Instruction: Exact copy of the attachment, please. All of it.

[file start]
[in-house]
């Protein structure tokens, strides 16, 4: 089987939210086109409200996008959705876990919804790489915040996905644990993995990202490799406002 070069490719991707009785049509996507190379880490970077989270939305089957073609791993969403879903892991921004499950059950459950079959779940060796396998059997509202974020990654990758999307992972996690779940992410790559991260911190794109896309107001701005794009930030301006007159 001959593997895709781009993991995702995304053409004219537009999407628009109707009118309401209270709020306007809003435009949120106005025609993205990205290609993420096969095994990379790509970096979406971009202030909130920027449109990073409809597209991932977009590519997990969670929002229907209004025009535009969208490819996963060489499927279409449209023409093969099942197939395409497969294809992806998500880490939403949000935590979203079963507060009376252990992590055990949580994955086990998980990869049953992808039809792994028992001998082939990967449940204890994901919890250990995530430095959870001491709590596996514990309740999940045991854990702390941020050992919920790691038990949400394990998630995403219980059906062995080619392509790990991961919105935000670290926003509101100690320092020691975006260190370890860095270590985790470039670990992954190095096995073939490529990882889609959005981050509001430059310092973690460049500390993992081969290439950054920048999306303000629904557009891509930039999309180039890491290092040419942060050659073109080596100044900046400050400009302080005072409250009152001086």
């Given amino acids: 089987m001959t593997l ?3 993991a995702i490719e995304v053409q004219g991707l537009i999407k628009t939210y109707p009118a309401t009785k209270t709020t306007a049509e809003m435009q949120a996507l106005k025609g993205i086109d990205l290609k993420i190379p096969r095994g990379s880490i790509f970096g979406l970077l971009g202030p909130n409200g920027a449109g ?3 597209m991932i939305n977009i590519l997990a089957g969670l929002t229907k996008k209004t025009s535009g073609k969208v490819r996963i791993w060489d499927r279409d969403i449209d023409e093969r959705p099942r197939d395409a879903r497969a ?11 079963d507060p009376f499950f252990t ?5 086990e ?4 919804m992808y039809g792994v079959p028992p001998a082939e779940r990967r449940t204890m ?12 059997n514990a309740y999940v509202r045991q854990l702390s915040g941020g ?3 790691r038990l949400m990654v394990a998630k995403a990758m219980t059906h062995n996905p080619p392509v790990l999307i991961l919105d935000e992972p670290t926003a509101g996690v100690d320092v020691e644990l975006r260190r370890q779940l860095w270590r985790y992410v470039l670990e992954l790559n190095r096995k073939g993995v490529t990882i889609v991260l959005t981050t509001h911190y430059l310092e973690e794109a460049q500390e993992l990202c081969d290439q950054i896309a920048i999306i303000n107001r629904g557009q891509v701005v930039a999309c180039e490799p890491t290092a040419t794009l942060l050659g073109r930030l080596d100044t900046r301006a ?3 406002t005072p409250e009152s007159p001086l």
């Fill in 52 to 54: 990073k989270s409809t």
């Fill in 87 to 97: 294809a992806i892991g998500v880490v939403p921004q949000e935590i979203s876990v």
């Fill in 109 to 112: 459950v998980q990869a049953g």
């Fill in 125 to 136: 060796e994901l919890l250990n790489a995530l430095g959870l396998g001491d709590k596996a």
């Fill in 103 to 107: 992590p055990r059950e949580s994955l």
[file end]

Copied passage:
[in-house]
């Protein structure tokens, strides 16, 4: 089987939210086109409200996008959705876990919804790489915040996905644990993995990202490799406002 070069490719991707009785049509996507190379880490970077989270939305089957073609791993969403879903892991921004499950059950459950079959779940060796396998059997509202974020990654990758999307992972996690779940992410790559991260911190794109896309107001701005794009930030301006007159 001959593997895709781009993991995702995304053409004219537009999407628009109707009118309401209270709020306007809003435009949120106005025609993205990205290609993420096969095994990379790509970096979406971009202030909130920027449109990073409809597209991932977009590519997990969670929002229907209004025009535009969208490819996963060489499927279409449209023409093969099942197939395409497969294809992806998500880490939403949000935590979203079963507060009376252990992590055990949580994955086990998980990869049953992808039809792994028992001998082939990967449940204890994901919890250990995530430095959870001491709590596996514990309740999940045991854990702390941020050992919920790691038990949400394990998630995403219980059906062995080619392509790990991961919105935000670290926003509101100690320092020691975006260190370890860095270590985790470039670990992954190095096995073939490529990882889609959005981050509001430059310092973690460049500390993992081969290439950054920048999306303000629904557009891509930039999309180039890491290092040419942060050659073109080596100044900046400050400009302080005072409250009152001086």
């Given amino acids: 089987m001959t593997l ?3 993991a995702i490719e995304v053409q004219g991707l537009i999407k628009t939210y109707p009118a309401t009785k209270t709020t306007a049509e809003m435009q949120a996507l106005k025609g993205i086109d990205l290609k993420i190379p096969r095994g990379s880490i790509f970096g979406l970077l971009g202030p909130n409200g920027a449109g ?3 597209m991932i939305n977009i590519l997990a089957g969670l929002t229907k996008k209004t025009s535009g073609k969208v490819r996963i791993w060489d499927r279409d969403i449209d023409e093969r959705p099942r197939d395409a879903r497969a ?11 079963d507060p009376f499950f252990t ?5 086990e ?4 919804m992808y039809g792994v079959p028992p001998a082939e779940r990967r449940t204890m ?12 059997n514990a309740y999940v509202r045991q854990l702390s915040g941020g ?3 790691r038990l949400m990654v394990a998630k995403a990758m219980t059906h062995n996905p080619p392509v790990l999307i991961l919105d935000e992972p670290t926003a509101g996690v100690d320092v020691e644990l975006r260190r370890q779940l860095w270590r985790y992410v470039l670990e992954l790559n190095r096995k073939g993995v490529t990882i889609v991260l959005t981050t509001h911190y430059l310092e973690e794109a460049q500390e993992l990202c081969d290439q950054i896309a920048i999306i303000n107001r629904g557009q891509v701005v930039a999309c180039e490799p890491t290092a040419t794009l942060l050659g073109r930030l080596d100044t900046r301006a ?3 406002t005072p409250e009152s007159p001086l």
């Fill in 52 to 54: 990073k989270s409809t």
């Fill in 87 to 97: 294809a992806i892991g998500v880490v939403p921004q949000e935590i979203s876990v």
């Fill in 109 to 112: 459950v998980q990869a049953g």
């Fill in 125 to 136: 060796e994901l919890l250990n790489a995530l430095g959870l396998g001491d709590k596996a």
């Fill in 103 to 107: 992590p055990r059950e949580s994955l």